While I adore chocolate, I think caramel trumps all. Sweet and thick, sometimes chewy, caramel has a unique, almost-earthy flavour thanks to bringing the sugar almost to the point of scorching. I frequently make Caramel Sauce, Salted Caramel Ice Cream and Caramel-Apple Muffins among other caramelly delights, but wanted to come up with a new format for holiday gifting. This delectable jelly is delicious on toast, scones or even on top of vanilla ice cream, but it truly shines when included as part of a cheese plate, particularly when paired with a salty, crumbly old cheddar or a tangy blue cheese. Best of all, it takes less than an hour to make, and you don’t have to prep any fruit, thanks to the apple cider. It’s not essential to include the thyme or rosemary, although fresh herbs do add a nice complexity to the flavour of the jelly.
- 3 1/2 cups white sugar
- 1 tablespoon water
- 2 cups sweet apple cider
- 2 teaspoons fresh thyme leaves or finely chopped fresh rosemary
- 1 pouch (3 ounces) liquid fruit pectin
- Wash and dry 8 small (125 mL or 4 oz) canning jars and new sealer lids. Put jars in a preheated 200F oven and turn off heat. Put sealer lids and rings in a pot of water (enough to cover them) and warm over medium-low heat.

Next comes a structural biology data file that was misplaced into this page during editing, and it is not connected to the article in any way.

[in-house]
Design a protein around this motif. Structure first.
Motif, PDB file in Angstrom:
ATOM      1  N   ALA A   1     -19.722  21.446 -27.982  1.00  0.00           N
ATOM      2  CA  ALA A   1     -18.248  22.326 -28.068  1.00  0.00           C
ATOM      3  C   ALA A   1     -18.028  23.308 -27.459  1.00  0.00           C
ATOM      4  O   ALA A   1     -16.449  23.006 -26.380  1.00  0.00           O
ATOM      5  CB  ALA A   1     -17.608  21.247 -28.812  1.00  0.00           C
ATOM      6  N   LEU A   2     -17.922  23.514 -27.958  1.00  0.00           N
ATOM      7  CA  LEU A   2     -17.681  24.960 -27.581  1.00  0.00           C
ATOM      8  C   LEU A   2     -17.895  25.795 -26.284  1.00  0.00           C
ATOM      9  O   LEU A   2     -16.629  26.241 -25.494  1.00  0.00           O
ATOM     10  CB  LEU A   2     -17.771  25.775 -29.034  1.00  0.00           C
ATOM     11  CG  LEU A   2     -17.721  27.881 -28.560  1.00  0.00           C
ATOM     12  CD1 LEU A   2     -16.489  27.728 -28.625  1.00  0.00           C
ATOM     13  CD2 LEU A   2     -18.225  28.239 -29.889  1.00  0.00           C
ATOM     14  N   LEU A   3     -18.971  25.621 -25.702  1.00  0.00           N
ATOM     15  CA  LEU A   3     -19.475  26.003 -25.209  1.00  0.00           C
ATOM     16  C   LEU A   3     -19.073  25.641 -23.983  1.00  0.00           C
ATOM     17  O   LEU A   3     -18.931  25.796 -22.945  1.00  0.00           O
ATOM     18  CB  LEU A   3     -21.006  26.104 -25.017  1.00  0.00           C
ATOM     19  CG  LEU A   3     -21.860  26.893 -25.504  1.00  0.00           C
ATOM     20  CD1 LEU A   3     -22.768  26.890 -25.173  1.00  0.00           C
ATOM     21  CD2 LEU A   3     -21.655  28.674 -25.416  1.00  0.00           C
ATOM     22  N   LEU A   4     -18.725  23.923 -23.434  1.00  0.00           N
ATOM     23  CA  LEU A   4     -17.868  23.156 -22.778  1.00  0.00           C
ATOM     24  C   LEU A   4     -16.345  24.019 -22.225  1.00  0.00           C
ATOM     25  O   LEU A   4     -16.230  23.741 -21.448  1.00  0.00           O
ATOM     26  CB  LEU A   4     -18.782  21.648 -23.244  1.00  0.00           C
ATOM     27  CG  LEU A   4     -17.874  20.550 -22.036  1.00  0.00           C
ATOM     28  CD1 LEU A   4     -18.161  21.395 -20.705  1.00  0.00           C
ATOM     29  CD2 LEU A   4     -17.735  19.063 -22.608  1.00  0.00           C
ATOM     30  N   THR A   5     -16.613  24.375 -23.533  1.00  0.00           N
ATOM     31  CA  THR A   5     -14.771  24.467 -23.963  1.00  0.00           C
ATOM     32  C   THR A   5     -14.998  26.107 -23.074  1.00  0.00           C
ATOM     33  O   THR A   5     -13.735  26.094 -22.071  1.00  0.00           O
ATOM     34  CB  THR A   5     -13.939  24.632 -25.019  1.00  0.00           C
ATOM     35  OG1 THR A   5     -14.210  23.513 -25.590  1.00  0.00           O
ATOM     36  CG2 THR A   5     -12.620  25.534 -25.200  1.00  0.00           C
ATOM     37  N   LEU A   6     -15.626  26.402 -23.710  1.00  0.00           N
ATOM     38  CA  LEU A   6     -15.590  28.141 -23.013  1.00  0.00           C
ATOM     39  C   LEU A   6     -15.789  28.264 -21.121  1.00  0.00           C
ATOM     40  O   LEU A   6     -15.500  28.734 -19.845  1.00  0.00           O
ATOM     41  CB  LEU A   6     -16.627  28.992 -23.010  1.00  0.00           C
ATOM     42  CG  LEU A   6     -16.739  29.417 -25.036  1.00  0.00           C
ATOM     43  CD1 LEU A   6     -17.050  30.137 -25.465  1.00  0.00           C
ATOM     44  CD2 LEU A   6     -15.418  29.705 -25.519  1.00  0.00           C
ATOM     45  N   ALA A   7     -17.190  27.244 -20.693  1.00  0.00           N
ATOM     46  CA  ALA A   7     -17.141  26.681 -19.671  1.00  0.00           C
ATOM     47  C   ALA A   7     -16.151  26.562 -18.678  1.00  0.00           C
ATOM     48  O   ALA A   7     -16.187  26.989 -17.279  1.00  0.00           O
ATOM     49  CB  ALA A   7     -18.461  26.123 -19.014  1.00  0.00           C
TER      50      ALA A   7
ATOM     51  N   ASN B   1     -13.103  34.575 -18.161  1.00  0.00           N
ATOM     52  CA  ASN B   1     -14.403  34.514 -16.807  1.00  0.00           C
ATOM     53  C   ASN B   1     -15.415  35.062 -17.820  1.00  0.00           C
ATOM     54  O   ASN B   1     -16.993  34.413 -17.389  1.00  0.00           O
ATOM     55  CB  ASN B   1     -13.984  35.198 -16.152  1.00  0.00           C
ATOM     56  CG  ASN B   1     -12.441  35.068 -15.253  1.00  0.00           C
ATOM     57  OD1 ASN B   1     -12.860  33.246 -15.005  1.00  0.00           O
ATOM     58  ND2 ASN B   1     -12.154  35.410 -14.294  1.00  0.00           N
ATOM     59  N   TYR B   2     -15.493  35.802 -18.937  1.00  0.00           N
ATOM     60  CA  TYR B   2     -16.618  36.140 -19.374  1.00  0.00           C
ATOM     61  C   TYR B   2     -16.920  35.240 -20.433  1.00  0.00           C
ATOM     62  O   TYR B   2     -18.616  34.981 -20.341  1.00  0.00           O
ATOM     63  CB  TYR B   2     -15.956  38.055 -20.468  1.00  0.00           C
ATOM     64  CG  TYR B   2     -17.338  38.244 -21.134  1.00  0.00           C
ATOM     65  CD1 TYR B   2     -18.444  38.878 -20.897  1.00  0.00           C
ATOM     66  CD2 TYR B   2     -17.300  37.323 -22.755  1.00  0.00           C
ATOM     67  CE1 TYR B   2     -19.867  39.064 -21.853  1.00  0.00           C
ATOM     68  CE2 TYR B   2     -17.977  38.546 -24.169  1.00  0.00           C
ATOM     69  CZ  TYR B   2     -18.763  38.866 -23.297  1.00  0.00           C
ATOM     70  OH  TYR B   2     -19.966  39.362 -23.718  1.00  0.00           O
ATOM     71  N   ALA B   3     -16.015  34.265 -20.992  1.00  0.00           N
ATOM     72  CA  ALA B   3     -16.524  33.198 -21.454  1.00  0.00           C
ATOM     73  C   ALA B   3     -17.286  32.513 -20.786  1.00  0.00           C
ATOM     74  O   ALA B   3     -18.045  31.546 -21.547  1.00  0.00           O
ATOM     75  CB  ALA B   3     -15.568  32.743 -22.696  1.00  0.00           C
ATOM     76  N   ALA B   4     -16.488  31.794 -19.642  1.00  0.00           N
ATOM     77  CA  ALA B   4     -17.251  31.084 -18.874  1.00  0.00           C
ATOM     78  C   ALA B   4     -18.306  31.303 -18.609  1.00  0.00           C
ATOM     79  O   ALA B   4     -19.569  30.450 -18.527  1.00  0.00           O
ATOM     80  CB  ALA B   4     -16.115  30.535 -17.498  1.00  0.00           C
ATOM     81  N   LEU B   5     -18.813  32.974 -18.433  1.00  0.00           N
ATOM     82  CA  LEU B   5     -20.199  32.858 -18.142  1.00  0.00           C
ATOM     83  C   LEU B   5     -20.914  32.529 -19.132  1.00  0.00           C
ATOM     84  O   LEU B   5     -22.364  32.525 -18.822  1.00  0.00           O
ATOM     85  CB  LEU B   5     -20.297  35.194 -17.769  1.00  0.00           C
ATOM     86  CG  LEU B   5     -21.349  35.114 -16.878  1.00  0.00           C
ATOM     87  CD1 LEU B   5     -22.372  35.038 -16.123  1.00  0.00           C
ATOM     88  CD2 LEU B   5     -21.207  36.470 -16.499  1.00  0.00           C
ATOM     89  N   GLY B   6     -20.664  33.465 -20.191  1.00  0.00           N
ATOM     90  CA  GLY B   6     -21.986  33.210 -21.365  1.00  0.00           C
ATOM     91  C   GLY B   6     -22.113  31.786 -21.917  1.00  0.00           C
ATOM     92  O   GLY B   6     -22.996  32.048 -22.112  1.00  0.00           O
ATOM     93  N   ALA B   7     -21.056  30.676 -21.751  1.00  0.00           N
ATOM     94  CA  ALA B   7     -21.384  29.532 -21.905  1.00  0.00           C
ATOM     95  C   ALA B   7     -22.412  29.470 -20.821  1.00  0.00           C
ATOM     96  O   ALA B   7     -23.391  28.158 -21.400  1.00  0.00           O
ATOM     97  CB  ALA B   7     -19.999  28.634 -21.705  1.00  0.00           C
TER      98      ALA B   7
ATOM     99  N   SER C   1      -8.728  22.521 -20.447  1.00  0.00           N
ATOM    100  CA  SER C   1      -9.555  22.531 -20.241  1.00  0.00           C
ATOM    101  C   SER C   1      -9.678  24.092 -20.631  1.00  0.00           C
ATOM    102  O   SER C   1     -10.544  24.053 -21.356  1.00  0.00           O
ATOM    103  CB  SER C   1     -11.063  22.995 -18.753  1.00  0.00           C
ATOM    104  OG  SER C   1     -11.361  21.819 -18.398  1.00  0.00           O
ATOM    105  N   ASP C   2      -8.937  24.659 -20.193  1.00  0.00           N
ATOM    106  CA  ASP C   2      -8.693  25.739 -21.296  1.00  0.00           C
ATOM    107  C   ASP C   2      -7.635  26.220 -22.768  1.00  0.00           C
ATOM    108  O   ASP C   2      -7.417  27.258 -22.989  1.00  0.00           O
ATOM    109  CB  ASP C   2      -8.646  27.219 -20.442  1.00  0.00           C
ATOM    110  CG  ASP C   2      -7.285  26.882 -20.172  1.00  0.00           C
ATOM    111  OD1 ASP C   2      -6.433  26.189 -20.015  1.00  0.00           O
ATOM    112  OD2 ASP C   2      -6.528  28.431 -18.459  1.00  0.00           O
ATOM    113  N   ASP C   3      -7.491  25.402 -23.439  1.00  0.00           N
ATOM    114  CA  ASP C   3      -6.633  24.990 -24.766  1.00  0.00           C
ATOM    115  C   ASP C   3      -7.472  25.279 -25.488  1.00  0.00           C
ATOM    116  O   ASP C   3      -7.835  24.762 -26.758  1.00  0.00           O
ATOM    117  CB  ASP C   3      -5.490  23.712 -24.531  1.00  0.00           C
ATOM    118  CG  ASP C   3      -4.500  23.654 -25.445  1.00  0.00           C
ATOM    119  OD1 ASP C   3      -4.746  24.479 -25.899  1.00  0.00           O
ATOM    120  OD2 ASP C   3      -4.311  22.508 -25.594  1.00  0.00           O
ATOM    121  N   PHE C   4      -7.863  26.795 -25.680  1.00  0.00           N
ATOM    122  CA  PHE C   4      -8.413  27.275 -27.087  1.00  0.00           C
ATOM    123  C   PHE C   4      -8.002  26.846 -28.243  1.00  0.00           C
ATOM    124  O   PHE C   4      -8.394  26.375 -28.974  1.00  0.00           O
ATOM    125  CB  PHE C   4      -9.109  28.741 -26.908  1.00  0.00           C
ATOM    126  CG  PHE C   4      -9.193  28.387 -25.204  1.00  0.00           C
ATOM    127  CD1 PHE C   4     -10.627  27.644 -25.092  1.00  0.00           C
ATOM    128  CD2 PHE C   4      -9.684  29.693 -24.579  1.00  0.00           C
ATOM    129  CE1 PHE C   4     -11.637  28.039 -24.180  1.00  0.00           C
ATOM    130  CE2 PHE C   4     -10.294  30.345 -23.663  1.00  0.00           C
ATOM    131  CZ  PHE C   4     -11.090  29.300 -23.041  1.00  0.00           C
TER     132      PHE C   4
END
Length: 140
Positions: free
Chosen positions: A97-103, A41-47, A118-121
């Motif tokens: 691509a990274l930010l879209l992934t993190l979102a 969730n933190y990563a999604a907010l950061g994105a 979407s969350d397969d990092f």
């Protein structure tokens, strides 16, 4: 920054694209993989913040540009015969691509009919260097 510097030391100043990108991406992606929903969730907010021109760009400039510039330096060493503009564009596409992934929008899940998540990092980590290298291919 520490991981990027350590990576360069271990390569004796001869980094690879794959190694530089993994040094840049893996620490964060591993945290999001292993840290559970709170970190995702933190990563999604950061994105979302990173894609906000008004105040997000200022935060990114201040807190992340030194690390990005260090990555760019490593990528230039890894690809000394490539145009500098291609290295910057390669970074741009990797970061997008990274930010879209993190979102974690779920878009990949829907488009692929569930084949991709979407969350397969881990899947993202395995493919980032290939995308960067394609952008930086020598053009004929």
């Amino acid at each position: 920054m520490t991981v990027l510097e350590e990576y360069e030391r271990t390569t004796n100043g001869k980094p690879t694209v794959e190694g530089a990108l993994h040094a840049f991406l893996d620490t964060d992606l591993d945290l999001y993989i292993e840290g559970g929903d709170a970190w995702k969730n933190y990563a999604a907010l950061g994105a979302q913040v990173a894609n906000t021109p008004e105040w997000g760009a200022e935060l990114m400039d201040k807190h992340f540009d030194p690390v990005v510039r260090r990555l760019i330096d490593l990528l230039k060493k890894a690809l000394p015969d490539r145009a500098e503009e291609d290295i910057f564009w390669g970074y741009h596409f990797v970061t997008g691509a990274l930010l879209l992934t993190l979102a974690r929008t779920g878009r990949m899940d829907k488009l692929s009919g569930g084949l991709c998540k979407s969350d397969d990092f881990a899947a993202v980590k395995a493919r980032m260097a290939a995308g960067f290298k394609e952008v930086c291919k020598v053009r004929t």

- Put the sugar and water in a medium-sized (at least 4L / 4 Quart capacity), heavy-bottomed saucepan. Over medium heat, melt the sugar, stirring almost constantly to prevent it from sticking and scorching. It will take approximately 10 – 15 minutes for the sugar to melt completely and turn a deep, golden colour.
- Once the sugar has been caramelized, carefully pour in the apple cider and herbs, if using. The mixture will bubble and boil furiously, and will likely seize or harden up.
- Continue heating the mixture over medium heat, stirring almost constantly, for about 10 minutes until the sugar has re-melted and the mixture is smooth.
- Increase heat and bring apple cider mixture to a full rolling boil. Boil for 1 minute then add the liquid pectin. Boil for 90 seconds and remove from heat.
- With a metal spoon, skim off any foam that has accumulated on the surface of the pot.
- With a clean ladle and canning funnel (makes the job easier!), pour the jelly into the heated jars, leaving a half inch (1.25 cm) headspace. Cover with the warm sealing lids and rings and process in a hot water bath so jars can be stored at room temperature in a coolish, dark place, for up to one year. If the jars are going to be refrigerated immediately and consumed within a month, there is no need to follow the hot water bath method.
Makes 8 small jars of jelly.